In addition to the commencement of numerous mega-projects, growth in 2019 was assisted by the continued roll-out of large-scale residential housing projects by the Ministry of Housing and the Real Estate Development Fund, with more than 300,000 families benefitting from the programme that year. New infrastructure works, including road upgrades, landscaping and office buildings, were also launched in preparation for the Kingdom hosting the G20 Leaders’ Summit in Riyadh in November 2020. As of early April the summit was still scheduled to take place, although Covid-19 resulted in the delay or cancellations of numerous high-profile international events in the first half of 2020, thus the situation is being monitored closely by stakeholders. Prior to the outbreak, it was estimated that the sector would record a compound annual growth rate of 6% from 2019 to 2024.
A large number of construction projects are both under way and in the pipeline. The total value of construction contracts awarded in 2019 reached $52.6bn, the highest amount since 2015 and up 95% on the 2018 figure. This represented a substantial increase from the recent low of $20bn in contracts in 2016. However, 2019 figures were not as high as the record year of 2013, which saw $78.1bn worth of contracts awarded. Between the first and third quarters of 2019, the largest portion of projects were allocated to the oil and gas sector. In the last quarter of 2019 this was overtaken by the real estate sector, which received 34% of contracts ($3.2bn), leaving oil and gas with 22% ($2bn). Most of the new non-oil projects have been concentrated in Riyadh in recent years.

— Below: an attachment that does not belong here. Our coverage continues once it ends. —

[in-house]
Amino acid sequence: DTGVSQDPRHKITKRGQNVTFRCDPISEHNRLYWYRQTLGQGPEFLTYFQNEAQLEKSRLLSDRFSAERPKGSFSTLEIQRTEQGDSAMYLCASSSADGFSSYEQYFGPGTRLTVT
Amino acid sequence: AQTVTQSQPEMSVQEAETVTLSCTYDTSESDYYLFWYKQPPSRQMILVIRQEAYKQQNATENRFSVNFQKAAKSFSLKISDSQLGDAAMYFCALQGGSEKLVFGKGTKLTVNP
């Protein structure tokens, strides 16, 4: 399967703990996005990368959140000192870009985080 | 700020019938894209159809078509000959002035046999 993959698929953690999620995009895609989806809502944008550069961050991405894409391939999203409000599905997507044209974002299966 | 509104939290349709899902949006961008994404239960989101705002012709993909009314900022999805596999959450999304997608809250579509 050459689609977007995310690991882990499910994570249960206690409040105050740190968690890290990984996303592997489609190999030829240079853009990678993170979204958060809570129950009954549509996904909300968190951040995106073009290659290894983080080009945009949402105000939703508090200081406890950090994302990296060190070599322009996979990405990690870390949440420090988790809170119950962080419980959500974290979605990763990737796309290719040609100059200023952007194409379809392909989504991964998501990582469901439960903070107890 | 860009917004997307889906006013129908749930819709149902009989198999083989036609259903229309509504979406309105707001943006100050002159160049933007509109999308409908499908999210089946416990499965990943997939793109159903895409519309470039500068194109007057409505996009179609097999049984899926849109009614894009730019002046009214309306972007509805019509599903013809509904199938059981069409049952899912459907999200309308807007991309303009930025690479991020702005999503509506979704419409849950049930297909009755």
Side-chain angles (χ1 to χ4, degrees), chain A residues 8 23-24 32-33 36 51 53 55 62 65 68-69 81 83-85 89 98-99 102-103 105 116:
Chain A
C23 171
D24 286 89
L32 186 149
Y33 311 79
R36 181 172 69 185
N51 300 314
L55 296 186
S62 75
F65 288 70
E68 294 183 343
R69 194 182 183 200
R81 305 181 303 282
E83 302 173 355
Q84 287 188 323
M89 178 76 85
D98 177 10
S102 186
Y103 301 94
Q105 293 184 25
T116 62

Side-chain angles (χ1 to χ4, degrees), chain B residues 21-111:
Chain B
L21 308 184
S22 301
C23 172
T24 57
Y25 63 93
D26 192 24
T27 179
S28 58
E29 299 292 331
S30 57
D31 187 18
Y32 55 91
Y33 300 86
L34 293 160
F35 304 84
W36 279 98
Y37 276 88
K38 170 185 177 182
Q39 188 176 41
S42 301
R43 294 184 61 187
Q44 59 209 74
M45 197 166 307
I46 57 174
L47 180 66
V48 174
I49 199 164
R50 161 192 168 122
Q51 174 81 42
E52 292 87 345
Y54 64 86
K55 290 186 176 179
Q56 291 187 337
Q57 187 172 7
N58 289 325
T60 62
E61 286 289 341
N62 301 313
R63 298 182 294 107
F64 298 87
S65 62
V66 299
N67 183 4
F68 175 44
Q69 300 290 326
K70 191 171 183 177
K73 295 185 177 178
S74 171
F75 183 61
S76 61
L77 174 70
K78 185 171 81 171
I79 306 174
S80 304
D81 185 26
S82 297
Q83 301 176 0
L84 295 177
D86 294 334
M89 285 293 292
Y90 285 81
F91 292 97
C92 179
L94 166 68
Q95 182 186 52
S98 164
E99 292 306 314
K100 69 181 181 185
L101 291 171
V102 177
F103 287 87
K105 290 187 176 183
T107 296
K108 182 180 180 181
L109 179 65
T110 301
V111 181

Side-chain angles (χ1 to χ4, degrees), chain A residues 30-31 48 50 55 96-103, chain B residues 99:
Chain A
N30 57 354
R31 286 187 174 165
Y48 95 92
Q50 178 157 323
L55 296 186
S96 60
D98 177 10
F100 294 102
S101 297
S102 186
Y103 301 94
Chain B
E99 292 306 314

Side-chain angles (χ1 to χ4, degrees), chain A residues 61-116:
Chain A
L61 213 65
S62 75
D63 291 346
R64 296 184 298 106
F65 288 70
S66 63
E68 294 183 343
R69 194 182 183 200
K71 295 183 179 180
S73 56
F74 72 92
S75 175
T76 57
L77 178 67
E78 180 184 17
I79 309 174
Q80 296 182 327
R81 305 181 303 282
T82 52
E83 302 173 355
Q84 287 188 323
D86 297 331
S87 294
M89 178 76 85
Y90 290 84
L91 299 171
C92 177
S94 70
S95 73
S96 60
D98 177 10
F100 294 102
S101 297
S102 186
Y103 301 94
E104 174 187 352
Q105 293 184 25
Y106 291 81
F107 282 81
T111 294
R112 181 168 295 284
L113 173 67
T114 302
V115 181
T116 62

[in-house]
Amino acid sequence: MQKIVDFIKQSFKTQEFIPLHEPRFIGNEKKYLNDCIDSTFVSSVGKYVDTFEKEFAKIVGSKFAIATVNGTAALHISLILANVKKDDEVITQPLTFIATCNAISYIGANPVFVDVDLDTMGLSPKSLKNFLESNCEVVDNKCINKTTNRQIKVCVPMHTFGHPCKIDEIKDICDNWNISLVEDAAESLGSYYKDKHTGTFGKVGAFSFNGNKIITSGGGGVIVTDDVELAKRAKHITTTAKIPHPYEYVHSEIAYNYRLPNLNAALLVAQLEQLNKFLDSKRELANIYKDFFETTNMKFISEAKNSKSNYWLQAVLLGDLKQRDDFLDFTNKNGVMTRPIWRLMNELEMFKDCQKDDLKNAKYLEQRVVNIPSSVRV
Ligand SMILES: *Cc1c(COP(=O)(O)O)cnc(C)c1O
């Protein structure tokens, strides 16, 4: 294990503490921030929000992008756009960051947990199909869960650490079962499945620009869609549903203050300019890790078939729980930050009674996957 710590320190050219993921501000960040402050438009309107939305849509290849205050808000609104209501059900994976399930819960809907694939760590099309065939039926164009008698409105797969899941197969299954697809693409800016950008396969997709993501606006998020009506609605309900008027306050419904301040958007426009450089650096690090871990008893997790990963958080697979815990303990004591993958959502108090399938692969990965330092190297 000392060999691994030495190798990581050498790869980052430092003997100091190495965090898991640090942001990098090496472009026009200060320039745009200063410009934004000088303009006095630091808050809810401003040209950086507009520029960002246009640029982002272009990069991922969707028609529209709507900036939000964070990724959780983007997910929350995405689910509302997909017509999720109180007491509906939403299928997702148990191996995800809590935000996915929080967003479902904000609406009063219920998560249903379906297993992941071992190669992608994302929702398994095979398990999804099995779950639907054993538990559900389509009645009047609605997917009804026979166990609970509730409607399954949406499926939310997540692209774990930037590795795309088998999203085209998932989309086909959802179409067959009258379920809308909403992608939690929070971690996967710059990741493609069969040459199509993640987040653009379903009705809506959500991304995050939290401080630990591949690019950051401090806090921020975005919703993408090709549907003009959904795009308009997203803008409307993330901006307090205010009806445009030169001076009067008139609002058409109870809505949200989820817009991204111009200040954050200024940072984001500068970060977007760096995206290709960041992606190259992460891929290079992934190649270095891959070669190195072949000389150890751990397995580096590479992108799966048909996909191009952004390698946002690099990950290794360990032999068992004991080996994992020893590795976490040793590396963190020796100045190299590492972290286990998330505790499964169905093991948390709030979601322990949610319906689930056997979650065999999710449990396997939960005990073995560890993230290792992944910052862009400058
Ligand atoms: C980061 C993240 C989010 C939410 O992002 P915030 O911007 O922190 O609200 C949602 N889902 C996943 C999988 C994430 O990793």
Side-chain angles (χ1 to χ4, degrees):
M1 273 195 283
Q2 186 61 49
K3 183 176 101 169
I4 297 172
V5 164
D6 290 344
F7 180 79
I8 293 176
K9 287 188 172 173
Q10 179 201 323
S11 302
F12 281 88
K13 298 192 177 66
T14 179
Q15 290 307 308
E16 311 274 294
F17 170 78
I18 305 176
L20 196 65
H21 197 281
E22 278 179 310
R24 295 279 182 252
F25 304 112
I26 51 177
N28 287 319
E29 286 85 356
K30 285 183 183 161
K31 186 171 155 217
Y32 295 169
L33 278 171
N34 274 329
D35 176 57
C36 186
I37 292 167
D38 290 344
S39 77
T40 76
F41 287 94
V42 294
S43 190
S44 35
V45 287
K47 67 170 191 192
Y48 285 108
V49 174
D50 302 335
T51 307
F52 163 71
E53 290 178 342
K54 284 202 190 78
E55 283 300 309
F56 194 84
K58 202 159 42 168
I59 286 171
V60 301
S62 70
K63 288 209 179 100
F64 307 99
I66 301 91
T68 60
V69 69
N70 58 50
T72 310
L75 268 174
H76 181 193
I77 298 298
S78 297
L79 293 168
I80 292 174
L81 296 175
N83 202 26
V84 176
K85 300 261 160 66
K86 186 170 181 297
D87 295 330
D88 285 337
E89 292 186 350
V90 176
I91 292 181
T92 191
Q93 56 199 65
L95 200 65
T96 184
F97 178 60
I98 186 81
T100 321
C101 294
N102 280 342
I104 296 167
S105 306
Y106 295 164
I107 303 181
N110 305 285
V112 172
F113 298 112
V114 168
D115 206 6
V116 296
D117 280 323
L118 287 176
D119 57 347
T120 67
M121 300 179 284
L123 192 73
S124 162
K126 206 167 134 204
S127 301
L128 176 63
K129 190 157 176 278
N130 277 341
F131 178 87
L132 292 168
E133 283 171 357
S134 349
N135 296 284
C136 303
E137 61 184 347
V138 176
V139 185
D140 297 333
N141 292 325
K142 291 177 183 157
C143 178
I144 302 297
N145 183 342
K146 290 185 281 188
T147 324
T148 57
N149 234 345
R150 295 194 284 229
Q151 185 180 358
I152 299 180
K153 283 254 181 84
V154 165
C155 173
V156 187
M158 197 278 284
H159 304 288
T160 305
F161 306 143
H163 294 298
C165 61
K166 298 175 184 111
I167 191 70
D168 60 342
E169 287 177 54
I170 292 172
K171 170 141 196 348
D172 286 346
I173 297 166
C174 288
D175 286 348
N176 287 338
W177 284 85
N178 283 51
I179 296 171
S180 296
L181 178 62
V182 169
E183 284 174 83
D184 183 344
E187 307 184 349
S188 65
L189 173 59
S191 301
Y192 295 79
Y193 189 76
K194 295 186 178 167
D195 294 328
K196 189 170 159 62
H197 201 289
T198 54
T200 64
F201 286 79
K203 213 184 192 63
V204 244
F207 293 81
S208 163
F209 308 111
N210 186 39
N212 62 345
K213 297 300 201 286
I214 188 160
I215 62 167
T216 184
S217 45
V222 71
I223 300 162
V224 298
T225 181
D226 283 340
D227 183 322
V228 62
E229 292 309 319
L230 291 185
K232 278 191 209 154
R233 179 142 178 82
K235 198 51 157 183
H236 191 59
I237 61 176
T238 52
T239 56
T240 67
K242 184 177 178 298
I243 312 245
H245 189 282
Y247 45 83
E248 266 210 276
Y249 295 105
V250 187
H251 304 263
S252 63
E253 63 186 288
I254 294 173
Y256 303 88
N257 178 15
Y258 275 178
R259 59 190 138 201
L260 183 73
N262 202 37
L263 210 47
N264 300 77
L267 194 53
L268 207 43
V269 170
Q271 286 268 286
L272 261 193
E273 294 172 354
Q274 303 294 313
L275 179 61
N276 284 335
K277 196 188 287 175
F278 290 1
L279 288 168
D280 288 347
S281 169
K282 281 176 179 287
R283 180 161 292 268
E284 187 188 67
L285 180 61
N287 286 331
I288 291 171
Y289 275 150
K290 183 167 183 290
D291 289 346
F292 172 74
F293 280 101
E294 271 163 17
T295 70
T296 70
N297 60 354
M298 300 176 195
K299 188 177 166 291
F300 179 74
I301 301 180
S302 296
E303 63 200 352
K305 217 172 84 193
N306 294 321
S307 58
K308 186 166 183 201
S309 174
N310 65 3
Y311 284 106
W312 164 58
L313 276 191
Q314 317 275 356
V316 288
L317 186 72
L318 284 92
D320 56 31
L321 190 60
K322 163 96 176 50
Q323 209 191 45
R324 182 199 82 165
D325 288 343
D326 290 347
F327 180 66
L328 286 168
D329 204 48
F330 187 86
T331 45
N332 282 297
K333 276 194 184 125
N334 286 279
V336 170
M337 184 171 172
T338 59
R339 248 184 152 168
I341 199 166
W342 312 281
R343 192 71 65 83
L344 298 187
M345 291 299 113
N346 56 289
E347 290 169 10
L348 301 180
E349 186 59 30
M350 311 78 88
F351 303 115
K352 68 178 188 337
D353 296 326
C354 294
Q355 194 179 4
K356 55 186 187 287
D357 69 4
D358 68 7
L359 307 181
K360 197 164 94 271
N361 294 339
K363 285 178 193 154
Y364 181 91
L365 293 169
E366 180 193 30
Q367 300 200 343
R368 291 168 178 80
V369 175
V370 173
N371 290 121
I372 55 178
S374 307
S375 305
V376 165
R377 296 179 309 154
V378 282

Since 2010 the volume of awarded contracts has tended to fluctuate in line with changes in state spending. In previous years several planned construction projects were generally cancelled or postponed when the government experienced significant fiscal pressure. With early 2020 seeing the global spread of Covid-19, construction firms reported that new contracts had ground to a halt – a situation that can be expected to continue during the course of the crisis.
However, despite recent developments, in a March 2020 briefing note, local company Jadwa Investment said that it anticipates continued growth in the construction sector in 2020 as a result of progress on mega-projects and housing development goals. Looking further ahead, project management firm Linesight noted in its “2020 Middle East Market Review” that Saudi Arabia plans to spend $1.1trn on infrastructure projects alone in the next 20 years.
Jabal Omar in Makkah is one of the country’s largest construction projects. It is being undertaken by Jabal Omar Development Company, which is among the biggest publicly listed real estate companies in Saudi Arabia. As a multi-use property covering a total built up area of 2m sq metres near Makkah’s Grand Mosque, the development is set to transform Makkah’s city centre. Due for completion in 2022, it will expand capacity for the anticipated growth in demand from pilgrimage visitors, which the government aims to increase from 8m to 30m per year by 2030. It will consist of 40 towers situated on 16 structural bases, and luxury hotel, residential and retail developments. The project’s architectural style is inspired by traditional Arab and Islamic design.
A major 7m-sq-metre smart city development on the outskirts of Riyadh, known as Al Widyan, is also under way. The project, which was unveiled in August 2018, aims to create a new mixed-use district comprising leisure, retail, education, health care, office and residential spaces. Located in the north-west corner of the city, the site is 15 minutes away from King Khalid International Airport. It will be developed over a period of seven years by Al Widyan Company, held by the Al Akaria Saudi Real Estate Company. Binyah Constructions was awarded a $292m infrastructure contract for the project in September 2018, while Orange was awarded the master plan design contract in February 2019.
As the Kingdom seeks to diversify its energy mix and free up more oil for export, the government is investing in natural gas projects, such as the new $590m gas pipeline. In February 2020 Saudi Aramco stated that it planned to double the number of projects that it is managing, including gas processing facilities, from some 200 to 418 by 2022 (see Energy chapter).
Saudi Arabia has been expanding transport infrastructure in recent years in line with growing urbanisation, with metro, bus and rapid transport projects under way, in addition to road upgrades.